The annual Small Business Day event hits Sacramento today with elected officials recognizing small businesses from their districts. All small business people are not alike in attitude and reaction to government requirements but you can take the temperature of small business attitudes when owners of small businesses gather together. So it was when I dropped in on a group of small business owners and executives in Los Angeles County last week. From this group the word expressing their experiences running a small business in California is: Disgruntled.

The group of about 20 was made up mostly of small manufacturers and service providers. The issue that continued coming up dealt with the multitude of suffocating labor laws. No wonder. Take a look at the picture of books each containing the state’s labor laws from a different year. The thin volume on the right is from 1957. Next is the 1997 edition. Finally, the thick volume is from 2017. How do small businesses expect to cope with so many rules to follow?

Specifically, the small business people spoke out against Private Attorney General Act (PAGA) lawsuits, workers compensation rulings and minimum wage effects on their businesses.

While they spoke of taking care of their workers and having three and four generations of workers sticking with their firms, a few unhappy workers can upset a business my teaming with attorneys to find minor infractions in the labor code. Threatened lawsuits and/or settlements often amount to hundreds of thousands of dollars to millions of dollars in payouts because of the penalty/fine structure in the law.

The PAGA lawsuits were of particular concern. A couple of businesses represented around the table paid out hundred-of-thousands to million dollar payouts. An example: checks that did not show the inclusive date of the pay period but only the end date. A violation according to the law. Workers were not hurt by this small infraction but because it occurred many times on numerous checks, each with a fine attached, the employer paid up—and the lawyers took most of the rewards by forcing a settlement and turning little over to the state. By fashioning a settlement—which most businesses do to avoid lengthy and expensive trials and ultimate catastrophic penalties—lawyers are able to manipulate the law and avoid turning over three-quarters of the penalty to the state.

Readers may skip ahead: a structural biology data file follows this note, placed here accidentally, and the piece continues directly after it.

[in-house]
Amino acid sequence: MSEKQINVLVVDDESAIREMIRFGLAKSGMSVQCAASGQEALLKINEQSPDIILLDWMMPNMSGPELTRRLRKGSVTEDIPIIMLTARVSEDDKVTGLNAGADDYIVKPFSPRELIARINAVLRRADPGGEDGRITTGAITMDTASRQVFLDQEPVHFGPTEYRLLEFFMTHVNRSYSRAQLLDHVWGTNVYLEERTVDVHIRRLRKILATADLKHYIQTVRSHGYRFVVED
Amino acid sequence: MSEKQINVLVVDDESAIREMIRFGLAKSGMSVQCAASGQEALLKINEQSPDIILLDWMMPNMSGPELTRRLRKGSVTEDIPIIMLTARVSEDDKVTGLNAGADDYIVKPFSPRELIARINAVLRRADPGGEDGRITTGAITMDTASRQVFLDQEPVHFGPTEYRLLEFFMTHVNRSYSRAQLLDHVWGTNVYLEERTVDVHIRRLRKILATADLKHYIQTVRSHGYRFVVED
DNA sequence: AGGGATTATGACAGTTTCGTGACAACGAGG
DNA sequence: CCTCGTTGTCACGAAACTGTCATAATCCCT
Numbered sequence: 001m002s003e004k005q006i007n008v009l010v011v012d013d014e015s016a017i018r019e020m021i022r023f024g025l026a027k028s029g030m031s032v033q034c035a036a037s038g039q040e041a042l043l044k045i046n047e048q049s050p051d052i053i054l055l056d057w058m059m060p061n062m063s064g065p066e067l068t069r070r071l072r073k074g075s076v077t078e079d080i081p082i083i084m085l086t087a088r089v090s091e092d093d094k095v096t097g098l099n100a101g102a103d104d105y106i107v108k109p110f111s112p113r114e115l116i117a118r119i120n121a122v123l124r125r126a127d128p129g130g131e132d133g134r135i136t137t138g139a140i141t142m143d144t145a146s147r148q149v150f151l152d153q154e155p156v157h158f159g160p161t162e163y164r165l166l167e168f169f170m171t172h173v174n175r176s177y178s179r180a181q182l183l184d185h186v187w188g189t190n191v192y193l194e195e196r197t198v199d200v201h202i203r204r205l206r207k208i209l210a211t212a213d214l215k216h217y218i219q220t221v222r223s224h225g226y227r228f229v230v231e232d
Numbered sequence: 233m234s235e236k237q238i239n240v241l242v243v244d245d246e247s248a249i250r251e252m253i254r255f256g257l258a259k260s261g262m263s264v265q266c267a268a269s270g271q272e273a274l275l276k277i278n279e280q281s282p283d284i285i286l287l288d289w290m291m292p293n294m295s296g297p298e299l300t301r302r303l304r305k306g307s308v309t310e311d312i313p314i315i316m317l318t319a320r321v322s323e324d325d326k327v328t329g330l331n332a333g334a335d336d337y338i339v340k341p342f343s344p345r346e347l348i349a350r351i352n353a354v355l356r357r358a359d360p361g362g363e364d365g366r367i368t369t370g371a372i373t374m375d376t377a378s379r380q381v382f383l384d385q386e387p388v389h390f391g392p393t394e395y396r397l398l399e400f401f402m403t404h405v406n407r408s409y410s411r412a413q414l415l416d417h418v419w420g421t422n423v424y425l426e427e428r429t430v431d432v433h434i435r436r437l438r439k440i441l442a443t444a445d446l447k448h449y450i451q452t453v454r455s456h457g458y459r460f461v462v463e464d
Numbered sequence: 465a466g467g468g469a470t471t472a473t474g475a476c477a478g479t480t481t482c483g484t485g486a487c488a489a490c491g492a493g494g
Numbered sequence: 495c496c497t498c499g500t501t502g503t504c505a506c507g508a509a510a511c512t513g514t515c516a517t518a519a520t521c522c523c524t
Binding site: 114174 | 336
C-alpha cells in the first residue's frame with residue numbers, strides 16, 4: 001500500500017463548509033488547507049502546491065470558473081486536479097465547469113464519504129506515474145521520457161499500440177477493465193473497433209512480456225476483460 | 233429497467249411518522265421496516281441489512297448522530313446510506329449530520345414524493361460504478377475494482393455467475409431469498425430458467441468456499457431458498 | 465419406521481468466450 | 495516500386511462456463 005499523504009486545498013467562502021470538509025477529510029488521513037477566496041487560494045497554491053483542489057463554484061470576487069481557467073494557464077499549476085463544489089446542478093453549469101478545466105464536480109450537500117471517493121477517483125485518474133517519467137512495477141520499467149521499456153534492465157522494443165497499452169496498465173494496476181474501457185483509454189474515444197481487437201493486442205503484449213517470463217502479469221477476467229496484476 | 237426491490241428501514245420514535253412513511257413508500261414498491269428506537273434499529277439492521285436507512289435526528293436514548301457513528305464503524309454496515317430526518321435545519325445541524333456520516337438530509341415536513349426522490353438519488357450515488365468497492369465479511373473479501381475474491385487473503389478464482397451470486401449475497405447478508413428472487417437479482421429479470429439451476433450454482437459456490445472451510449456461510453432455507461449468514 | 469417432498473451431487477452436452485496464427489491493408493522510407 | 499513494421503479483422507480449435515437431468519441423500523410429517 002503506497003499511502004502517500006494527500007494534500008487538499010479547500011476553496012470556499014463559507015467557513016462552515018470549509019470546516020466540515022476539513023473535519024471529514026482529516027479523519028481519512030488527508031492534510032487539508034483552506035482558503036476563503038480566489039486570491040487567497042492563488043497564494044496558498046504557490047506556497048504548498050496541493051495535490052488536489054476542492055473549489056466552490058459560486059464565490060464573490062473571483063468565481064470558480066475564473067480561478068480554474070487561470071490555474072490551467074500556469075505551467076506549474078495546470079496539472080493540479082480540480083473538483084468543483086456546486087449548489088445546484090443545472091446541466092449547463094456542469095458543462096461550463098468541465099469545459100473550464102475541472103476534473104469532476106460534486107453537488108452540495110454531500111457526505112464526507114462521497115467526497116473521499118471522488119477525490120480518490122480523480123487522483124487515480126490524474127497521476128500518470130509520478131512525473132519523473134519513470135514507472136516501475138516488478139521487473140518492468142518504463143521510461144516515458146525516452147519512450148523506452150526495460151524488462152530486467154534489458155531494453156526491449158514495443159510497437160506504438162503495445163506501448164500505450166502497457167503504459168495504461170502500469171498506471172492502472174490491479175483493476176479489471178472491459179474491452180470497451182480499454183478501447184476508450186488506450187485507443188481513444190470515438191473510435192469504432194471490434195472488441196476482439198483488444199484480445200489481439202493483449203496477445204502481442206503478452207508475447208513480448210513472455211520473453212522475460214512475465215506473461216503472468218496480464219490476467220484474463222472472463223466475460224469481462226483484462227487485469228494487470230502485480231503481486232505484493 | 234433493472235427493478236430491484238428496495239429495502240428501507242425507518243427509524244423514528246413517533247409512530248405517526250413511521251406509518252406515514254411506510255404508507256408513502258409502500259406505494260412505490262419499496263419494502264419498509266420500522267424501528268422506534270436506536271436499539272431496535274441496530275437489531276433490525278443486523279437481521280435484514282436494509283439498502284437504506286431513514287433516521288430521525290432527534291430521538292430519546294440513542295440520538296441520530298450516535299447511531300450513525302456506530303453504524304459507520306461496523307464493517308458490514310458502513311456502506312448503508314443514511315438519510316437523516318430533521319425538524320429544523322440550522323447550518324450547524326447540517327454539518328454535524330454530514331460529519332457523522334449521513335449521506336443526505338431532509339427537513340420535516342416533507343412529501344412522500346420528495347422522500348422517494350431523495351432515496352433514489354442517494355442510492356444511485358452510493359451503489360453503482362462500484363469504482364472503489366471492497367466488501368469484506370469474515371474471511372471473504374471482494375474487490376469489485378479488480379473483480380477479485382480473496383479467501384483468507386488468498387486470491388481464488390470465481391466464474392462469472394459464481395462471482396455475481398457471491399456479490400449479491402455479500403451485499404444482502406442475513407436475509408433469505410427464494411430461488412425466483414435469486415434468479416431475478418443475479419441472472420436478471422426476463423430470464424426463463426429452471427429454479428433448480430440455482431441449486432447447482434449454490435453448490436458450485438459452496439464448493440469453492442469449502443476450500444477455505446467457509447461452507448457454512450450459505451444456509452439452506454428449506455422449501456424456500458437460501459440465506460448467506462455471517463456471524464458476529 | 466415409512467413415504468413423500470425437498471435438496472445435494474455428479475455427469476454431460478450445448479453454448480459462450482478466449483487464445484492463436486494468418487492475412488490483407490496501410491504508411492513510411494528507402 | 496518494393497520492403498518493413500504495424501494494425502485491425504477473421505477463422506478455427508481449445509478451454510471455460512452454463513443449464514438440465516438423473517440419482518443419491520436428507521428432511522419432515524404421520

Workers comp payouts were also an issue with California payments the highest in the nation. Minimum wage increases will cost larger businesses seven figure increases on their books, which some complained they could not handle.

Frustration at the event was evident. Some ideas expressed:

With government’s negative approach to business: When did it become a nasty or dirty thing to be an entrepreneur?

How to lessen road congestion? Instead of building roads we’ll be chasing the poor and middle class out of the state with business regulation destroying jobs.

Efforts to steal away businesses from the Golden State was a recurring theme: In one instance, a state offered a company an incentive based on the number of employees–anywhere from $20-35,000 per employee–to move. It was pointed out that a business with 700 employees can use that money to build a new factory. One owner has already made a trip to Las Vegas to check possible moving sites and conditions in Nevada.

Sure this meeting was only a small sample of the business community. But these owners and executives were restless and public officials would be smart to focus on the concerns expressed at the meeting before a small business exit damages the California economy.